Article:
The roll-out of water and sanitation services to everyone in South Africa is a key priority for the Department of Water and Sanitation (DWS), says Deputy Minister Pamela Tshwete.
Speaking at the yearly environmental technologies trade fair for water, sewage, waste and raw materials, IFAT Africa 2017, in September, she noted that the department’s transformation plan paved the way primarily for managing human resources within the water and sanitation sector, upgrading existing water and sanitation infrastructure, providing water and sanitation services and introducing new smart technologies.
Tshwete pointed out that work still had to be done to further develop the sector and provide access to water and sanitation, especially in rural areas and new informal settlements.
Several factors – chiefly the droughts that have affected the provision of water and sanitation – have hindered progress. “Drought conditions . . . since 2015 have presented South Africa with new challenges in terms of water-demand management. Our ability to preserve the nationwide water resource, in conjunction with the provision of quality water services, has also been placed under scrutiny,” she said.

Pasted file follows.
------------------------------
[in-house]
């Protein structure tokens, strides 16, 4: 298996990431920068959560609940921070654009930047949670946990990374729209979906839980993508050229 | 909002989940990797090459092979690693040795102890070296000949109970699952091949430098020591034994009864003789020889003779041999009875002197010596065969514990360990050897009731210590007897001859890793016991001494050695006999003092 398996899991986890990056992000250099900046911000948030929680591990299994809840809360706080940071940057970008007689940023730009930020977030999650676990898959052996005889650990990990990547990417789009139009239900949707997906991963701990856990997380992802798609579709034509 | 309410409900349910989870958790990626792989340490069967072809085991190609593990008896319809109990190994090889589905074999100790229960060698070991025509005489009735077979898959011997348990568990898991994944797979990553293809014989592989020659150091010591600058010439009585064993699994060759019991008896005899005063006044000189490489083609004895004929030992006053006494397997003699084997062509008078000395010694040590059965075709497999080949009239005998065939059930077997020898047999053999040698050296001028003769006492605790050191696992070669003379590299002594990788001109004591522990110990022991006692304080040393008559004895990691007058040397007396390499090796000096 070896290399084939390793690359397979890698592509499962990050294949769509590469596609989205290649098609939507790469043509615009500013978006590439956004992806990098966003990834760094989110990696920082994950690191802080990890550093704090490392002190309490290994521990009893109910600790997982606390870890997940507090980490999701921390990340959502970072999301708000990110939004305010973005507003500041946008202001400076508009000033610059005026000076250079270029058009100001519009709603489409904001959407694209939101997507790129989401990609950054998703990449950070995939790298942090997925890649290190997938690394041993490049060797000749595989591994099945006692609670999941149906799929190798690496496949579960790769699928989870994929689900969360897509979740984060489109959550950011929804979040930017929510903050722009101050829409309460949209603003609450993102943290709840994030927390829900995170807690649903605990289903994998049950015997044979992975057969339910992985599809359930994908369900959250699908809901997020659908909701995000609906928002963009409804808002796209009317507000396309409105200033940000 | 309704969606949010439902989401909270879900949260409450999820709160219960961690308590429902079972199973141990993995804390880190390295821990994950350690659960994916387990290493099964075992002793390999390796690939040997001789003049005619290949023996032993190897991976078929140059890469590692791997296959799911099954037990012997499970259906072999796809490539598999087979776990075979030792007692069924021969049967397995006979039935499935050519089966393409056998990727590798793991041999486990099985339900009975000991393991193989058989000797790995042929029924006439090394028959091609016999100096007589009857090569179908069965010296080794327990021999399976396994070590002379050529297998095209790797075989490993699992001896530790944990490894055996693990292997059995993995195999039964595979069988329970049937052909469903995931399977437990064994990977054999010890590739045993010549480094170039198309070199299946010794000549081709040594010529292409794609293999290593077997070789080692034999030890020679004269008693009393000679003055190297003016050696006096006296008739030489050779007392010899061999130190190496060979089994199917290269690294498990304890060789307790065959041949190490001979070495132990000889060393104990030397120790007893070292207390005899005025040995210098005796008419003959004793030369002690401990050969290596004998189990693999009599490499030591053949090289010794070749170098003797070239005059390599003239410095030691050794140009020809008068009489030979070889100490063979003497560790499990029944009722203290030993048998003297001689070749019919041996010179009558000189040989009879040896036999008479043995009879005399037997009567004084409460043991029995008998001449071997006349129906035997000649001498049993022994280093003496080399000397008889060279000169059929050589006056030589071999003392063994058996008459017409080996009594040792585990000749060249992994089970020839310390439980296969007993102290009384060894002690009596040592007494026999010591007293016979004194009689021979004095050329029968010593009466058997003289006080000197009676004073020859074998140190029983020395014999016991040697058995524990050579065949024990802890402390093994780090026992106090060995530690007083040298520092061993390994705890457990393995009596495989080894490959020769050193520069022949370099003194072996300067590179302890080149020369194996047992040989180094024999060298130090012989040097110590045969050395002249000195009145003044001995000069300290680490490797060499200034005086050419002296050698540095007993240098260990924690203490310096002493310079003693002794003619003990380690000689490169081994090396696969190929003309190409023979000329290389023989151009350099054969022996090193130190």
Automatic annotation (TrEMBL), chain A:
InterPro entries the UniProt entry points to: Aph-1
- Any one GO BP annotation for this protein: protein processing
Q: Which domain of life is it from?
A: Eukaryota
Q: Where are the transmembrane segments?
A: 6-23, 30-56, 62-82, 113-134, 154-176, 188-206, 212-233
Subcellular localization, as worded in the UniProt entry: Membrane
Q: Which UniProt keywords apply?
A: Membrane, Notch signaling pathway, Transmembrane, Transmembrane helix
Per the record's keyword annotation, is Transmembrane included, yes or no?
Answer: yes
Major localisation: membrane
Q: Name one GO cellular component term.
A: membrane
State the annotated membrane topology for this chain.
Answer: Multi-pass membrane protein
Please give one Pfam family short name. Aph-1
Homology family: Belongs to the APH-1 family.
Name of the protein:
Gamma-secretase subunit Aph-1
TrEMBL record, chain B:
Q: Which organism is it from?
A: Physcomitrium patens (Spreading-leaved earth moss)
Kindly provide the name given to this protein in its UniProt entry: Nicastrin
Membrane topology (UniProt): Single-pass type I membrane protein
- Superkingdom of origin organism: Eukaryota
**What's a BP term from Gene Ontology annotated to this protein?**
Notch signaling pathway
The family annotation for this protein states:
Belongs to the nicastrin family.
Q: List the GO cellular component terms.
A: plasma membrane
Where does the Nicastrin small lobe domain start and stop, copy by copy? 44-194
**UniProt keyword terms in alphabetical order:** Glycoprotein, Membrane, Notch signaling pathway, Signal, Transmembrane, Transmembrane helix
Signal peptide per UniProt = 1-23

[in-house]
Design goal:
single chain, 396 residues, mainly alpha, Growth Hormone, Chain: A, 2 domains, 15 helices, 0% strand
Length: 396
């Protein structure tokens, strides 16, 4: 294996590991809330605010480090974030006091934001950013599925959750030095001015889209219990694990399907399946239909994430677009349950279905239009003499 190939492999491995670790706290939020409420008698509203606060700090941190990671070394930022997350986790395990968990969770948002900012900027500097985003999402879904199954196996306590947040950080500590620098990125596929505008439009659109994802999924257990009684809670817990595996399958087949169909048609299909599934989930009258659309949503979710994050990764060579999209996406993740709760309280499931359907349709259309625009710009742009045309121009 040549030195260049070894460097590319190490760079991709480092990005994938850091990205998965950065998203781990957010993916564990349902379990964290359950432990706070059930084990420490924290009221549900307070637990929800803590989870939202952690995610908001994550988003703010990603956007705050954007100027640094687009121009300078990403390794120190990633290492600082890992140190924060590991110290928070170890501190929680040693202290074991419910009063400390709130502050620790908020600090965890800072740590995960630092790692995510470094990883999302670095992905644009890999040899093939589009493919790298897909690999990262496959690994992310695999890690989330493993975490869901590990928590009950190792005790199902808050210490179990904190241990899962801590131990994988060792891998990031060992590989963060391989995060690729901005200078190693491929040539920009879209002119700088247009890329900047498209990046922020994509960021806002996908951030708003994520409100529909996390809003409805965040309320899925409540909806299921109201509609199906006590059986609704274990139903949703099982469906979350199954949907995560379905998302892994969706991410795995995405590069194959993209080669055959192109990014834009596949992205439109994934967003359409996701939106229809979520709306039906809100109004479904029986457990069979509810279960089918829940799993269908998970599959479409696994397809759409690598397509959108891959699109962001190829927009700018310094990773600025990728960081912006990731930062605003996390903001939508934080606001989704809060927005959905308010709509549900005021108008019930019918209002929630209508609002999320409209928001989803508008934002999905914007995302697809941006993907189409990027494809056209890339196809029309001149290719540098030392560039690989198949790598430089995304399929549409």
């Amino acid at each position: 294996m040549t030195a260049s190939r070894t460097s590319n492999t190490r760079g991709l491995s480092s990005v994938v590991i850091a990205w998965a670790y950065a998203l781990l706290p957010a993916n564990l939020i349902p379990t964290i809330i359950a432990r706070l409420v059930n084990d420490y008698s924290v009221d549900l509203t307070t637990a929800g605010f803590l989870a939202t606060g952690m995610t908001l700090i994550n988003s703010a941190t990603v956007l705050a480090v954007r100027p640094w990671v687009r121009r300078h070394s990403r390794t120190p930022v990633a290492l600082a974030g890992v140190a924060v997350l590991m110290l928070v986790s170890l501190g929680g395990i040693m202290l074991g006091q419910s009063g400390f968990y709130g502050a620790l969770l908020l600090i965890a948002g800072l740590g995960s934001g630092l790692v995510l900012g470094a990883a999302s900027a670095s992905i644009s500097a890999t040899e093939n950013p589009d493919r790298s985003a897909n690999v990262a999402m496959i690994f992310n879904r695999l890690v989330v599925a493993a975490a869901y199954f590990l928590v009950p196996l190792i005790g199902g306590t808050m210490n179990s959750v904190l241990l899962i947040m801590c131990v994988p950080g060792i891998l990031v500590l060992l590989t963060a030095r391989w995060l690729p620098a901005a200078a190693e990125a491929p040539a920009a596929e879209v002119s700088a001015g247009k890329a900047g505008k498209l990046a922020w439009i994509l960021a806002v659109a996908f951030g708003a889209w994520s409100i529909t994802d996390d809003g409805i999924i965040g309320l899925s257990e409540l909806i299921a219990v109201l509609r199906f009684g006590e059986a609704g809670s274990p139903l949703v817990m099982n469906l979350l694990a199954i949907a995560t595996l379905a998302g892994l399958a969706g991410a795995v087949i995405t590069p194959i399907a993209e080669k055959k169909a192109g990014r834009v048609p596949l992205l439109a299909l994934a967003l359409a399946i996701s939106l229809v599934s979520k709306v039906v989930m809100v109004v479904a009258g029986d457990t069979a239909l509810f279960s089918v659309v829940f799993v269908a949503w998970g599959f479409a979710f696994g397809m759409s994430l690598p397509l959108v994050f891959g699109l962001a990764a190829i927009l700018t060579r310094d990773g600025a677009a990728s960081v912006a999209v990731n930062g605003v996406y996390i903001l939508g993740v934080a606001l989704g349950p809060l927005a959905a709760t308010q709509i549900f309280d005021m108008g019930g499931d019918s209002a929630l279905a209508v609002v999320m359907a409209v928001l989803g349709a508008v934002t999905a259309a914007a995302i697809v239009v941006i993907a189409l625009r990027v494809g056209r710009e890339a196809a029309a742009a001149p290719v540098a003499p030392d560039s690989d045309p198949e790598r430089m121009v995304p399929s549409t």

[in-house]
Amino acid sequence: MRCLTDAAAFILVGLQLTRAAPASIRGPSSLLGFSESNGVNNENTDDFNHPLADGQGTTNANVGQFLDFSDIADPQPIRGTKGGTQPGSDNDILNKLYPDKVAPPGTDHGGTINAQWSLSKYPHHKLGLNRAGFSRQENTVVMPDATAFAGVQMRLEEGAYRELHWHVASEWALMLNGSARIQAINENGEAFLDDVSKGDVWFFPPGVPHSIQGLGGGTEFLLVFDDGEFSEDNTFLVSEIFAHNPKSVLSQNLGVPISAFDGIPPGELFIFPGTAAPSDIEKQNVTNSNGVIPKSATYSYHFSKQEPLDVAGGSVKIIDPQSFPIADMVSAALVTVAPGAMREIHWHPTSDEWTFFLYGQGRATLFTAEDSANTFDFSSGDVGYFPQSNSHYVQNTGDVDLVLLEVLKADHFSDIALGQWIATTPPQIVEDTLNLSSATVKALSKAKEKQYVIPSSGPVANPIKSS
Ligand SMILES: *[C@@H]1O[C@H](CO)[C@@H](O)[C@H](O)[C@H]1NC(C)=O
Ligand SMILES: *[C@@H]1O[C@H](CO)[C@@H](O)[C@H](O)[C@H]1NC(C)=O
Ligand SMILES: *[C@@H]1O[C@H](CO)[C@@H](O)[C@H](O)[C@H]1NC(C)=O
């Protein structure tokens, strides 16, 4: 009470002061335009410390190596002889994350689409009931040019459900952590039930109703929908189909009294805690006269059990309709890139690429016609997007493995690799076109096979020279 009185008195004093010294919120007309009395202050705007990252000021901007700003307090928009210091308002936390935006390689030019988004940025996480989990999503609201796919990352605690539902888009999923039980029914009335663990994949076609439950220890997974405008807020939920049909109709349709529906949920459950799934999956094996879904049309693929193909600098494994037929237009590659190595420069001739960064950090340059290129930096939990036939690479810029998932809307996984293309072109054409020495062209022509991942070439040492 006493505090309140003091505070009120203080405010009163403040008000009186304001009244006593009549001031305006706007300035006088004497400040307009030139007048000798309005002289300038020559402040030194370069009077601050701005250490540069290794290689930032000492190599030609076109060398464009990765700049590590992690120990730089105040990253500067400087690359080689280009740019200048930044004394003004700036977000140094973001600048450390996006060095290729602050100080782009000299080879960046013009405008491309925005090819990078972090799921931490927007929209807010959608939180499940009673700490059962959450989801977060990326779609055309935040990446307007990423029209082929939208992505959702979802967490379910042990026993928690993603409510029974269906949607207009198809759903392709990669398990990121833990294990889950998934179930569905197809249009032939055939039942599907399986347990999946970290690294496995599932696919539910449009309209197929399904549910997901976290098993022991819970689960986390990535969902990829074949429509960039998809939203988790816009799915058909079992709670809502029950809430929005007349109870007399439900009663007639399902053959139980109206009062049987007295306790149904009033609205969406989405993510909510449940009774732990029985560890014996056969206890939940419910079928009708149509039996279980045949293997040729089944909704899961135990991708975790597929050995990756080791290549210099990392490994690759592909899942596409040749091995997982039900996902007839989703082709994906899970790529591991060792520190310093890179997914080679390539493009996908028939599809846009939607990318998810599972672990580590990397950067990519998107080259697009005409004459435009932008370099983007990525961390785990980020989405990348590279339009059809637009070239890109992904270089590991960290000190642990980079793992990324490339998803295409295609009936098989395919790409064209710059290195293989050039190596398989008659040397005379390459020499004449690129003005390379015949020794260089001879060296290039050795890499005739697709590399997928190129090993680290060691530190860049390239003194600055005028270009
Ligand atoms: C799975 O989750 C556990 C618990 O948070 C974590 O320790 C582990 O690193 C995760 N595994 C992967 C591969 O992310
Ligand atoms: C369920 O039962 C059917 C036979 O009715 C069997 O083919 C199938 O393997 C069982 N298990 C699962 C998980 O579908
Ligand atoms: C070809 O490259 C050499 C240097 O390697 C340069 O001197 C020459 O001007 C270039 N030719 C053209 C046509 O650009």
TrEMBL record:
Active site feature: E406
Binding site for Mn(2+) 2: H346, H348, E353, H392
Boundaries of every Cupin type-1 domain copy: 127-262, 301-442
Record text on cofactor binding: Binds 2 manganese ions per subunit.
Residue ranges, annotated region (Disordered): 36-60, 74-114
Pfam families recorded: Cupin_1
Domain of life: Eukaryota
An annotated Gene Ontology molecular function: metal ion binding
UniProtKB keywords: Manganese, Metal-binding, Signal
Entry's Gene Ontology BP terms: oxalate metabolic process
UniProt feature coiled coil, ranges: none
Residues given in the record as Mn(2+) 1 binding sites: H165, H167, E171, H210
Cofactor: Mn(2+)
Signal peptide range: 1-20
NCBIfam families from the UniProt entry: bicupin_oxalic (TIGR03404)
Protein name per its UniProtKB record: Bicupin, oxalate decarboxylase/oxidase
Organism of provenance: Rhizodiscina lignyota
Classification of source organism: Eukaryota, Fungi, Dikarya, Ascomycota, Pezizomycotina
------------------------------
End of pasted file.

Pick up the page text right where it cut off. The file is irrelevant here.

In this regard, Tshwete highlighted that 38 district municipalities were declared disaster areas from July 2015 to April 2016, with the current severe drought in the Western Cape continuing to threaten the DWS’s ability to provide water in that province.
Further, available skills and expertise are also a growing issue within the department. “Reflection on our current situation shows that our current skilled personnel, at a national level, are ageing,” she said, adding that the department also still lacked adequate technical skills at local level.
In terms of infrastructure upgrading and the roll-out of bulk-water supply infrastructure, Tshwete noted that the current fiscal provision was “not enough”. The situation was dire, reflected in the fact that seven-billion litres of water was lost a year as a result of ageing infrastructure.
A toll-free hotline – 0800 200 200 – has been established to report water issues and leaks; issues can also be reported by SMS to 45174.
To overcome the challenges of maintaining infrastructure and developing skills, Tshwete noted that the DWS had embarked on its 2015 plan of training 15 000 “water agents”, plumbers and artisans, who will be deployed in every municipality, as well as in government departments and the private sector following the completion of their training.